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U.S. defends food policies

At a summit in Rome, critics say biofuel production is driving up prices and adding to a global hunger crisis.

June 05, 2008|Tracy Wilkinson | Times Staff Writer

ROME — Outside the U.N. emergency summit on food here, protesters dressed as ears of corn. Inside, Bush administration officials Wednesday found themselves on the defensive on a wide range of U.S. policies, from biofuel production to genetic engineering and subsidies.

Delegates clashed during the second day of the three-day meeting over how much blame can be assigned to biofuels for the meteoric rise in food prices. The U.S. is an enthusiastic supporter of the robust and heavily subsidized biofuel industry, with plans to allocate about a quarter of its corn crop to the lucrative production of ethanol.

But many other nations and numerous aid agencies contend that too much food is ending up in fuel tanks and not on dinner tables, deepening a threat of global starvation.

Agriculture Secretary Edward T. Schafer, leading the U.S. delegation, emerged from a series of side meetings and acknowledged that a struggle was underway to reach compromise language on the biofuels issue.

Drafts of a final summit declaration, circulating late Wednesday, reflected watered-down recommendations of "further studies" on biofuels, hardly viewed as a decisive position.

Finding consensus on biofuels, which are made from corn, sugar cane, palm oil and other foodstuffs, had been one of the goals outlined by United Nations Secretary General Ban Ki-moon in opening the summit here at the headquarters of the U.N.'s Food and Agriculture Organization, or FAO. Opponents and supporters diverge wildly on the pros and cons of biofuels and how harmful they may or may not be.

Schafer maintains that bumper U.S. crops provide plenty of corn for both eating and filling tanks. He says biofuels account for no more than 3% of the hike in prices of commodities, which in some cases have doubled in recent years.

Several U.N. agencies, relief groups and the International Monetary Fund, however, say as much as 30% of the increase could be blamed on biofuels.

"Even 1% represents hardship for 16 million people," said Madelon Meijer, agricultural policy advisor for the British aid agency Oxfam. "Three percent already plunges a lot more people into poverty."

Oxfam was one of several groups staging demonstrations outside the conference, with people dressed as corn carrying out symbolic tugs of war between the hungry and those needing fuel. Oxfam argues that the amount of grain required to produce enough ethanol to fill an SUV's tank could feed one person for a year.

Biofuels were once hailed as an alternative to dirty fossil fuels and a way to ease dependence on oil. But experts and others increasingly question the efficiency of biofuels and assert that ethanol production is usurping arable land that should be used for growing food crops or left as oxygen-enhancing forests, wetlands and natural habitats.

Another alternative, of the so-called second-generation biofuels, has emerged. These are fuels made from nonfood substances such as grasses. However, they have not been fully studied and prompt other concerns, such as whether they might become invasive weed-like species if cultivated near other crops.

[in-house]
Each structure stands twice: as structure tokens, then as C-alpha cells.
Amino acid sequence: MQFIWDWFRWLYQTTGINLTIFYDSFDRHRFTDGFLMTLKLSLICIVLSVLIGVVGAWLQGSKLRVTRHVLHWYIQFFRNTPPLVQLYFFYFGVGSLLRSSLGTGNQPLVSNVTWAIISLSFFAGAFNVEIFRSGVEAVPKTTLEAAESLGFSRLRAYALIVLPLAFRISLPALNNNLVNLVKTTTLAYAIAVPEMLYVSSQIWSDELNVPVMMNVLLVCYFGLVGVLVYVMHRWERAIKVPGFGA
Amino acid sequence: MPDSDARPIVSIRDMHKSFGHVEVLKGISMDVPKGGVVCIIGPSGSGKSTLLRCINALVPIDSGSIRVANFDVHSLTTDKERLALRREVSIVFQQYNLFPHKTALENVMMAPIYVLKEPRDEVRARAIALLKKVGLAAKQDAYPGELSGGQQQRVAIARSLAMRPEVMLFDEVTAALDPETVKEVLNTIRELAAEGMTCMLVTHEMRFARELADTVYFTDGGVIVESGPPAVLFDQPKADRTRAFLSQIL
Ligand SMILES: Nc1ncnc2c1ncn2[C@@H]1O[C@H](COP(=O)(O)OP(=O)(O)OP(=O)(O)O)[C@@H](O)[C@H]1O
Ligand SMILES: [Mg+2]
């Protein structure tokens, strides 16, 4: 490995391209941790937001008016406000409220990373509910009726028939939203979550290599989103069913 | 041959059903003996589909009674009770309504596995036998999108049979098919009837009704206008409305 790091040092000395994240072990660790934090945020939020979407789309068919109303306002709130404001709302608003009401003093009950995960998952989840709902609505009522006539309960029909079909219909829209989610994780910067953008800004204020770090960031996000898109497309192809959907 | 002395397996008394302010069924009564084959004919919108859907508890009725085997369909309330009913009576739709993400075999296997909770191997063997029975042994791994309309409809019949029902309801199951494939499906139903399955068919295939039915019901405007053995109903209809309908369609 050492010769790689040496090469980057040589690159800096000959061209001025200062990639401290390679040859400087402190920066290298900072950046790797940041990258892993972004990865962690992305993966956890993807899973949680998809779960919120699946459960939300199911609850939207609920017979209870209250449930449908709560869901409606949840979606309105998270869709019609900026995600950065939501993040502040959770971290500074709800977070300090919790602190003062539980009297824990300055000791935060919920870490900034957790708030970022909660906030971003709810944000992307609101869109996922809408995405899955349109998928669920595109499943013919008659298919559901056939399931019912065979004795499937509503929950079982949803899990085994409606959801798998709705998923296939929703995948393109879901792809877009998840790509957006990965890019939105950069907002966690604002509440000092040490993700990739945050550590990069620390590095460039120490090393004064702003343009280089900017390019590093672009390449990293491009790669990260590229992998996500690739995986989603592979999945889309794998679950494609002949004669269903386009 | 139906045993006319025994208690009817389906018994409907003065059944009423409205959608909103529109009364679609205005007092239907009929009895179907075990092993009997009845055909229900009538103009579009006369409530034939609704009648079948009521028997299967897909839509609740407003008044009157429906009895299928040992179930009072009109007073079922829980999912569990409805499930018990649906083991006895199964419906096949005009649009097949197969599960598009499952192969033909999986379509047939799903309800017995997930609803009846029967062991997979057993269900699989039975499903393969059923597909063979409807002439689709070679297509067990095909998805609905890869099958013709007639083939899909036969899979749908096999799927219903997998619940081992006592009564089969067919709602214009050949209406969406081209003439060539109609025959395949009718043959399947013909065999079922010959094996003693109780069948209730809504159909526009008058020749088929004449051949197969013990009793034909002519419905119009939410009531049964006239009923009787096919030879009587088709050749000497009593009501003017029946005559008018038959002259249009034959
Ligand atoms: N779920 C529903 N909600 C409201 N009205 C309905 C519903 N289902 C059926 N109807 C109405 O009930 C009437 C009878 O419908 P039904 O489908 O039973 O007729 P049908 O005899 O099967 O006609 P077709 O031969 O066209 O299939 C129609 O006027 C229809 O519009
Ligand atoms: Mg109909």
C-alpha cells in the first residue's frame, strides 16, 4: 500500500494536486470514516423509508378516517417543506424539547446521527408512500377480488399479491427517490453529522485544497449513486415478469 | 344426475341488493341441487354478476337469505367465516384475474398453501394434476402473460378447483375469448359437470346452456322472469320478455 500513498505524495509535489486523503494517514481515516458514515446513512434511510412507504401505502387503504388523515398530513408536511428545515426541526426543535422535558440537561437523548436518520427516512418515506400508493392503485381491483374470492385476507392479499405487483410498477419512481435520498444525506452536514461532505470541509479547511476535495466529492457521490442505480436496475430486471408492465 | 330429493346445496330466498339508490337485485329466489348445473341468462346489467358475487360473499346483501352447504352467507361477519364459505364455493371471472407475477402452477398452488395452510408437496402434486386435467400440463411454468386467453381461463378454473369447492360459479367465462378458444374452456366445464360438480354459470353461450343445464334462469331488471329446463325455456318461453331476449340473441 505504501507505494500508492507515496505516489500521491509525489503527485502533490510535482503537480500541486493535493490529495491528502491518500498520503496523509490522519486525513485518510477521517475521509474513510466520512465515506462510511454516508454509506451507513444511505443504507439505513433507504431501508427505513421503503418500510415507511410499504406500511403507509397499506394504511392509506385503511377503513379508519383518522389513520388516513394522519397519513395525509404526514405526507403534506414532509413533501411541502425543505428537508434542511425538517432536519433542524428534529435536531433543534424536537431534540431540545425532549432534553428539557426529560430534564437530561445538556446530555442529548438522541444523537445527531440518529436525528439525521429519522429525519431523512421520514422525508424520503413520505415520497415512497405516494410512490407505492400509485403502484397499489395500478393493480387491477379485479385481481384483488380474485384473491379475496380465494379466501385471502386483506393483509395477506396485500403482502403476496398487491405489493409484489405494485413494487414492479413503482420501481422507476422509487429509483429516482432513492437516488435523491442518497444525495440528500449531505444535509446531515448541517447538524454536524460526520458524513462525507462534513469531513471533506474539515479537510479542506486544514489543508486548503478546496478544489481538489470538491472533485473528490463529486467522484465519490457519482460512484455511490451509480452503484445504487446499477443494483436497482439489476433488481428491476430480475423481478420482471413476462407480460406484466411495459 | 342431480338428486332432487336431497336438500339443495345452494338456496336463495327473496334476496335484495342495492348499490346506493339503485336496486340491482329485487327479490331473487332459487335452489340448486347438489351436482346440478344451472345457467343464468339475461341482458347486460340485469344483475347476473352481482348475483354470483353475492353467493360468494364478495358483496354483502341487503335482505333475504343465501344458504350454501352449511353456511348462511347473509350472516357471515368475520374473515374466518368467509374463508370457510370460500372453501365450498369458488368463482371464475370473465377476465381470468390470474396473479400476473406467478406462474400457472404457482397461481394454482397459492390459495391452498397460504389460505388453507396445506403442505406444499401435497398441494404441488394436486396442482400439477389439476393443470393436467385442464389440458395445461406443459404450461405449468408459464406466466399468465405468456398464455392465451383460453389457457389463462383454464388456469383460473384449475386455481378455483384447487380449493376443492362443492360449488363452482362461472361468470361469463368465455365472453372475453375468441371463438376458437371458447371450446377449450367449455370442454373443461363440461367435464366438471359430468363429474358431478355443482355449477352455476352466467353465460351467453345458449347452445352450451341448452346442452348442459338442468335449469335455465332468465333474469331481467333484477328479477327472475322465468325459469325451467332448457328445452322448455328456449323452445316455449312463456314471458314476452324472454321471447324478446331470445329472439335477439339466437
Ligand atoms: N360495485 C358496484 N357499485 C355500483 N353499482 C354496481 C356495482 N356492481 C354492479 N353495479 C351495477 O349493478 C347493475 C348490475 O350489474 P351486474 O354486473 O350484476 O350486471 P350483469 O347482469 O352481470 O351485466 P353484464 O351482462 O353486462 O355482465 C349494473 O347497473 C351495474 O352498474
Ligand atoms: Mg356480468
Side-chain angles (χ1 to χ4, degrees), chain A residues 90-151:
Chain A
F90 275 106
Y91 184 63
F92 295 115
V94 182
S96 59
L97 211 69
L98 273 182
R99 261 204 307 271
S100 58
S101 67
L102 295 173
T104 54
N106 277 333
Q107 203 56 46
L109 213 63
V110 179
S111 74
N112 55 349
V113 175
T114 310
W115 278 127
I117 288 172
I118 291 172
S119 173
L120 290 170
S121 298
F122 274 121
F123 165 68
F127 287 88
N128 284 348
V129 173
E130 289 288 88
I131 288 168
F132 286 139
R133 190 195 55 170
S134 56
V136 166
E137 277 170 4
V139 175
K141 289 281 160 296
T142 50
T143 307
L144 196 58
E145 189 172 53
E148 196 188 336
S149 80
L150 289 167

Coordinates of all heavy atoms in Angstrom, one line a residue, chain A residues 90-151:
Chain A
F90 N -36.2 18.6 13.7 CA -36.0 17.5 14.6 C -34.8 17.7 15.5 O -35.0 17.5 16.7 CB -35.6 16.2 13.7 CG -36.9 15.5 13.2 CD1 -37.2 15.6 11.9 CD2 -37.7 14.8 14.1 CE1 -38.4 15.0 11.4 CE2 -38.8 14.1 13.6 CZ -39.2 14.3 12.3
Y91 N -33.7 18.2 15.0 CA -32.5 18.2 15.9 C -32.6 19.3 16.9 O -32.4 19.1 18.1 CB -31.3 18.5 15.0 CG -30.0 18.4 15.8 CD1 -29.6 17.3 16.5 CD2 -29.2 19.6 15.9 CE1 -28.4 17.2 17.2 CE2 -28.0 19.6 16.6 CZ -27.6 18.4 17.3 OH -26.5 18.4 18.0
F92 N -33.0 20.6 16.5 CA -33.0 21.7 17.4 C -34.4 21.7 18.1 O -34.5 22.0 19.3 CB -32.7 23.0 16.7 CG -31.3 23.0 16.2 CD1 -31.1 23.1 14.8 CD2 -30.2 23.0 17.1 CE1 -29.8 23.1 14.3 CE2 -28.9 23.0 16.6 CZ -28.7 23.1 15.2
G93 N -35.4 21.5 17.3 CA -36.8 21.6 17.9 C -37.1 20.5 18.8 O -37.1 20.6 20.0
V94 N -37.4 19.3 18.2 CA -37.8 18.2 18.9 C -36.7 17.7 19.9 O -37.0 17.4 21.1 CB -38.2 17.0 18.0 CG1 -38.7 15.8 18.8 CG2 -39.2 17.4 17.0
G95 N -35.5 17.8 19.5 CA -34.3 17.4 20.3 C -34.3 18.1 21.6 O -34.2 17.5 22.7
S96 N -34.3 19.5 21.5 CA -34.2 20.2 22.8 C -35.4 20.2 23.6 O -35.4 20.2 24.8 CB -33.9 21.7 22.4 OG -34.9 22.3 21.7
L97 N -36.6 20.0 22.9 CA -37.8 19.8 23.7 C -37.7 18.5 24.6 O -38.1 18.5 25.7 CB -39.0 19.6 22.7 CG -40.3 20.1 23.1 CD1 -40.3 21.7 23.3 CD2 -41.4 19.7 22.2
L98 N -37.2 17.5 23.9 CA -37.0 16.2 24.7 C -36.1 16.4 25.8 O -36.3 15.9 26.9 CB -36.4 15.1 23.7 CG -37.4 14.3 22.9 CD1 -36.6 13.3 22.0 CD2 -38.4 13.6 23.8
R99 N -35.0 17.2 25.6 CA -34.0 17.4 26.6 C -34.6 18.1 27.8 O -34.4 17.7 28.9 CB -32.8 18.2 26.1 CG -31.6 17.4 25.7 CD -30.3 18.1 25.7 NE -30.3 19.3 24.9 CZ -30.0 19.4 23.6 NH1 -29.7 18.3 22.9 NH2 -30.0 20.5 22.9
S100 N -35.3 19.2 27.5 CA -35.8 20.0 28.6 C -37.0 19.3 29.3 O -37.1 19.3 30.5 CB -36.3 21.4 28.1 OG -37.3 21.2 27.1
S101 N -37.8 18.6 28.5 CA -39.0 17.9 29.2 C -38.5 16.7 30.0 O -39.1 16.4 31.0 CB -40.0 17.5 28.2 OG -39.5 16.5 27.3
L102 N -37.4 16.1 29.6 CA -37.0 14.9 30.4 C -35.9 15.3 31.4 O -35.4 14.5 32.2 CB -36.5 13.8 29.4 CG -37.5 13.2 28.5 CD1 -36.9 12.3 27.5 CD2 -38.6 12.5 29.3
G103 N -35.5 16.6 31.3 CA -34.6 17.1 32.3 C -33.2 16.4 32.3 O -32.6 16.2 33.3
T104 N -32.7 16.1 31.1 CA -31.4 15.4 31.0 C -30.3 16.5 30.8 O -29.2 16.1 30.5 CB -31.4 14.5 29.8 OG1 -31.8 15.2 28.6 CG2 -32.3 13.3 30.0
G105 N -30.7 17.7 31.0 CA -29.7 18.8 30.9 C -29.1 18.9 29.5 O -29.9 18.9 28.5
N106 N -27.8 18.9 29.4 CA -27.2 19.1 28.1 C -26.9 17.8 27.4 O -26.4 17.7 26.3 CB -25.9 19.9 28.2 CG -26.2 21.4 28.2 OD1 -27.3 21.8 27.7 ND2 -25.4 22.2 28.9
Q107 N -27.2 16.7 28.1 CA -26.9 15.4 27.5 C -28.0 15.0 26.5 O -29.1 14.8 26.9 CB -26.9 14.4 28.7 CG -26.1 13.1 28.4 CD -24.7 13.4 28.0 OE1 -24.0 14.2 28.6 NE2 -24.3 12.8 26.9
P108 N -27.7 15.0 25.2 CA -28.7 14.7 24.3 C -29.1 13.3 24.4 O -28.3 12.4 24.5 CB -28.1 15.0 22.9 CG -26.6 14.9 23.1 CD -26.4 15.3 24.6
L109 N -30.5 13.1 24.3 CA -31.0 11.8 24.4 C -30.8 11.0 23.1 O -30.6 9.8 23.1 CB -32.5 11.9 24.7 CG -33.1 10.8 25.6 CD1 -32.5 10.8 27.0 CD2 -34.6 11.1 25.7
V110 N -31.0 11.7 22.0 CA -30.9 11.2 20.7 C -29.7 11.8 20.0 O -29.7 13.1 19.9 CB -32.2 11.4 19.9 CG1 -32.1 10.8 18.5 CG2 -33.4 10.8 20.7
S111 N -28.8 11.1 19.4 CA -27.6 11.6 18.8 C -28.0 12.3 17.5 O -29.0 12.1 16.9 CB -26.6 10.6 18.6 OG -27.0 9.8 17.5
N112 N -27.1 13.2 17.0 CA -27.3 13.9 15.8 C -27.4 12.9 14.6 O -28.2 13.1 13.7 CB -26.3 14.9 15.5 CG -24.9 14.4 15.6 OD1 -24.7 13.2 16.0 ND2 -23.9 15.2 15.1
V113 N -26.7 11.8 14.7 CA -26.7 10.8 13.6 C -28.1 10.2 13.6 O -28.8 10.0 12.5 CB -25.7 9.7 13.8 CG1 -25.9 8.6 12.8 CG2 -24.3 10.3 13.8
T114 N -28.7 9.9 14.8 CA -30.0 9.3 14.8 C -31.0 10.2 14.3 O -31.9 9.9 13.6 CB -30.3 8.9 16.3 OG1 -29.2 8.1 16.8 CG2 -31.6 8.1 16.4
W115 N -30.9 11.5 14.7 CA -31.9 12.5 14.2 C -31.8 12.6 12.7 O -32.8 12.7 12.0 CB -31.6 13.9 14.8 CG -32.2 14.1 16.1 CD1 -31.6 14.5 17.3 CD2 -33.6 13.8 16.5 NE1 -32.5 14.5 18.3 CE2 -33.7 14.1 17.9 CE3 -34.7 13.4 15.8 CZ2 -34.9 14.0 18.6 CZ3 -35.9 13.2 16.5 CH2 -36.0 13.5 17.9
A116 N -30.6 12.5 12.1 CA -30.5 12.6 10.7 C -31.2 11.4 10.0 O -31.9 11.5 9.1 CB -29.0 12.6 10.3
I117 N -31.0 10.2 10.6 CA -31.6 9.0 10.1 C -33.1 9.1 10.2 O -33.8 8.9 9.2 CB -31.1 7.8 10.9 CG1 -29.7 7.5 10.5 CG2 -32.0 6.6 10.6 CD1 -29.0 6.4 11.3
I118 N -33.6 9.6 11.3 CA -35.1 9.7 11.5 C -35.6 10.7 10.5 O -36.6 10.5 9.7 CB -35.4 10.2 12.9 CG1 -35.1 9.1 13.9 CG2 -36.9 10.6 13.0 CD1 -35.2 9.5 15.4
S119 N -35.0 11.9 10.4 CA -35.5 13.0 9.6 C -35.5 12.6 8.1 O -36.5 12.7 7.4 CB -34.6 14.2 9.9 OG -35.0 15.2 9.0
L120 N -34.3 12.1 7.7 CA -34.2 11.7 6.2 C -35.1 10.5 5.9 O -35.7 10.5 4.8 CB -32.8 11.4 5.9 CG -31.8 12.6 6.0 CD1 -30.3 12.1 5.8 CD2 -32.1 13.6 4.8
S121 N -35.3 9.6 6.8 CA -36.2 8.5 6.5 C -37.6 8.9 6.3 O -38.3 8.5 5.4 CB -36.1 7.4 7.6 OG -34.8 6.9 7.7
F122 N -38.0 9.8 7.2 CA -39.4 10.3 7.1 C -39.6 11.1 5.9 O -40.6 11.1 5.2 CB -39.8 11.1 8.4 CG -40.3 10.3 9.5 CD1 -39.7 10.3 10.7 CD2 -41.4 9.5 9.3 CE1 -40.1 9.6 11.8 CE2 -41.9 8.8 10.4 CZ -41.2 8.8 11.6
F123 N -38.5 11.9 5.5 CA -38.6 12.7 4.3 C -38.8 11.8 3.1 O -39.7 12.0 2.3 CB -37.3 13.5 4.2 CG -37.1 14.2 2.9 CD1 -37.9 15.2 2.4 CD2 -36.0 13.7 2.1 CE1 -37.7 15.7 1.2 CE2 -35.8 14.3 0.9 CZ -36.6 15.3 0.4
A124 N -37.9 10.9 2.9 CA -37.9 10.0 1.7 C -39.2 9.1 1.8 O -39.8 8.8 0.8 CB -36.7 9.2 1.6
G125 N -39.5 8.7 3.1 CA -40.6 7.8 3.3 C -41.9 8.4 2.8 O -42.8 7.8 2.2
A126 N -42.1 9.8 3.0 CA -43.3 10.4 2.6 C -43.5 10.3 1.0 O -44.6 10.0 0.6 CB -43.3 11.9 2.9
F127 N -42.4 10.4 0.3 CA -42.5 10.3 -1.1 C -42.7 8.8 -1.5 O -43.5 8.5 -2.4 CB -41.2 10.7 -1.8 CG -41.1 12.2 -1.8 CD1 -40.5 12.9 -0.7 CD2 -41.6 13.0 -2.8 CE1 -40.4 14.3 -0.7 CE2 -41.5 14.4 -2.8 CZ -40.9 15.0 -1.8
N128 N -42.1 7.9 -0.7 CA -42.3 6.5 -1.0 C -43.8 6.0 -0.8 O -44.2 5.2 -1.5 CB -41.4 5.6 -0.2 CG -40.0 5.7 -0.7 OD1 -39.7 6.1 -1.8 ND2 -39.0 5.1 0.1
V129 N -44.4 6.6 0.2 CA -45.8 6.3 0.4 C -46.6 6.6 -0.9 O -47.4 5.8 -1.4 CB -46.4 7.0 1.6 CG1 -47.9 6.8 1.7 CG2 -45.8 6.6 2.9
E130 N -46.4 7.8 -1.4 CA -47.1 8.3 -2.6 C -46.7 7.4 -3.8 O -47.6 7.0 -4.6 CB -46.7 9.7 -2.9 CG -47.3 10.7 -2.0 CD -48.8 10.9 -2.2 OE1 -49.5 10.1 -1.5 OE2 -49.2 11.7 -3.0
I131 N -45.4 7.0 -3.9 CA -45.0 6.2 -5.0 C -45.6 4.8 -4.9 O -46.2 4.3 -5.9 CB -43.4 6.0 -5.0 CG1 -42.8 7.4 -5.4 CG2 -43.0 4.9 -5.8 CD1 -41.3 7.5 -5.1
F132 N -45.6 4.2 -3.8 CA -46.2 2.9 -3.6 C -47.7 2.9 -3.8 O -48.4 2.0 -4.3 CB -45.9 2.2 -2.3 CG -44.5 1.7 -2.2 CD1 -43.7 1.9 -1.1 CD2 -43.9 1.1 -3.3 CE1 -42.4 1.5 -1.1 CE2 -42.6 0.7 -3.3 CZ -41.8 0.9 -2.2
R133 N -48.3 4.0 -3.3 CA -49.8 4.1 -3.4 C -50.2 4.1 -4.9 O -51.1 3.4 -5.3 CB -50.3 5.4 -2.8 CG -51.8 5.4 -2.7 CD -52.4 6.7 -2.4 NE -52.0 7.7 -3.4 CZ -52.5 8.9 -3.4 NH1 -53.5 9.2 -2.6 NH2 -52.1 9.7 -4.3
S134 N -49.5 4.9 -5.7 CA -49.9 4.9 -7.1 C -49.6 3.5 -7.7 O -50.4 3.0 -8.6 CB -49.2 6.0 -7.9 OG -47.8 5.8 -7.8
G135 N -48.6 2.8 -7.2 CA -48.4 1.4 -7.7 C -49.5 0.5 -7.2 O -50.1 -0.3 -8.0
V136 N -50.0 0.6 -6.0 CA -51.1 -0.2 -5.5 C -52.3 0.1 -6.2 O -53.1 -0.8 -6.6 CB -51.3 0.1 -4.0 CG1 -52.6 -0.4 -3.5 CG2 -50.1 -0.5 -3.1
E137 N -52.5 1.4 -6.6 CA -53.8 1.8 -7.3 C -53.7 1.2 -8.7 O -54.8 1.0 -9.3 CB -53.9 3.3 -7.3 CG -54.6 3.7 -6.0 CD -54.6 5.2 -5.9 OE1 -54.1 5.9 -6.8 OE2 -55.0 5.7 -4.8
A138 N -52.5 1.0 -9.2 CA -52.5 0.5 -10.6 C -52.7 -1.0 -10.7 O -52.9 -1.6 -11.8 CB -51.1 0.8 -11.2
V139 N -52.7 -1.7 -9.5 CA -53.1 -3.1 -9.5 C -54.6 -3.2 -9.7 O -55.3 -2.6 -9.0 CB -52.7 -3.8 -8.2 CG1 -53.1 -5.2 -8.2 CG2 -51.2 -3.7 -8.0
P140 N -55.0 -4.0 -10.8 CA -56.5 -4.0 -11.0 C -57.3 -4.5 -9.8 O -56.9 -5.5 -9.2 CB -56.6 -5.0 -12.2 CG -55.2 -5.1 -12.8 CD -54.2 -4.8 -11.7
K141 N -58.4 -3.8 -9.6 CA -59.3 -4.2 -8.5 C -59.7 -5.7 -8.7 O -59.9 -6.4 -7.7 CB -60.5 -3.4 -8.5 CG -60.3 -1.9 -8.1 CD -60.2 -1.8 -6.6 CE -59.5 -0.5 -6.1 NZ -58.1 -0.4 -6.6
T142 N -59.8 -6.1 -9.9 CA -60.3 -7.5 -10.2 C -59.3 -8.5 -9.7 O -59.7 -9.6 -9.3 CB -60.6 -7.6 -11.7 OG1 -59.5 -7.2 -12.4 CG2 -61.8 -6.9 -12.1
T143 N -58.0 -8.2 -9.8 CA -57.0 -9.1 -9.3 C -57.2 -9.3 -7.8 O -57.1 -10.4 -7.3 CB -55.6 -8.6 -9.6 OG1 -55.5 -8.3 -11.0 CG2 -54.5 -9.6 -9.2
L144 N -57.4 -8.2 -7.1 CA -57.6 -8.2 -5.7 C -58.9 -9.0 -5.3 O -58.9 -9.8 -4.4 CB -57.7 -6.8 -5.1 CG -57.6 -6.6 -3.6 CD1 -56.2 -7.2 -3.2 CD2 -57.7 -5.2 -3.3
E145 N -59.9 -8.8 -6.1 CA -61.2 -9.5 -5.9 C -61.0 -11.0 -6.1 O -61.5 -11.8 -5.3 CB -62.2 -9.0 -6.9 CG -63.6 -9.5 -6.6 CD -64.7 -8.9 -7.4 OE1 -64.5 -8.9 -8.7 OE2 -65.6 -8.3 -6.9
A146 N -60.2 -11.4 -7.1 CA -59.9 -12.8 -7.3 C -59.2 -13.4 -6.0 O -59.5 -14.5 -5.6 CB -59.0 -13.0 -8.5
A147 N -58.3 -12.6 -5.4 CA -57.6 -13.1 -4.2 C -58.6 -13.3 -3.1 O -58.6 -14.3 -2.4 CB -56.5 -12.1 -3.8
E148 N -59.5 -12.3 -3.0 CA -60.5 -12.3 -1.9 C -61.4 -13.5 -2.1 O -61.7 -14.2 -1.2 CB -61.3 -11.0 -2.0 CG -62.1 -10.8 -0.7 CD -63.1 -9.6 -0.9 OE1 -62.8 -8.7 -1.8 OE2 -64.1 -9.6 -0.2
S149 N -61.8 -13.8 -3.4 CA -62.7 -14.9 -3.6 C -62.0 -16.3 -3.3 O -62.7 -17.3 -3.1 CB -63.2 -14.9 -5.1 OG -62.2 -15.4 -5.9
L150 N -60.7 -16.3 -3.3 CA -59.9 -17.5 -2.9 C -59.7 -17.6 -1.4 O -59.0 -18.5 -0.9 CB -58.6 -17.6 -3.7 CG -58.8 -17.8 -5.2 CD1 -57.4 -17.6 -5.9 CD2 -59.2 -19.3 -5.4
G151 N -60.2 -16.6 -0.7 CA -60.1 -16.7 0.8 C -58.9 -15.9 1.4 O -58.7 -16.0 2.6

"We are all reevaluating our policies and technologies . . . and hope to move as quickly to second-generation fuels as possible," Henrietta Fore, administrator of the U.S. Agency for International Development and a member of the delegation, said in a briefing with reporters.

At a closed-door session Wednesday, Schafer also cited second-generation fuels to deflect criticism over U.S. policy, said officials who were present.

"I didn't hear anyone say that demand for biofuels was . . . not part of the equation," said Hafez Ghanem, FAO assistant director-general. "People came up with different figures, of how much to blame this or that cause. We all do agree that we are not facing a transitive problem; this is a problem that will be here for a while."

American agricultural business groups contend biofuels are being unfairly targeted. A large portion of food price increases involve wheat and rice, which are not used for fuel, said Ron Litterer, who farms 1,500 acres of corn and soybeans in Greene, Iowa. Litterer, who is also president of the National Corn Growers Assn., said sufficient corn was being raised for food and fuel. "We've had record production," he said in a telephone interview from Iowa.

The shift to biofuels is only one cause of rocketing food prices. Other factors converging disastrously include high fuel costs, speculation, droughts and floods, and changing diets that spawn greater demand.

American officials are also using the summit to promote genetic engineering as a way to boost food production by increasing crop yields, creating drought-resistant strains and fighting diseases such as stem rust in wheat. But several European countries have banned the use of genetically modified foods.

U.S. officials said they would bypass the Europeans and work directly with developing nations that could benefit from the technology.

"We have a crisis of food availability and prices . . . and this is a tool we can turn to," said Fore, the USAID administrator. She called on opponents to "take a fresh look" at a time that "too many people are hungry."


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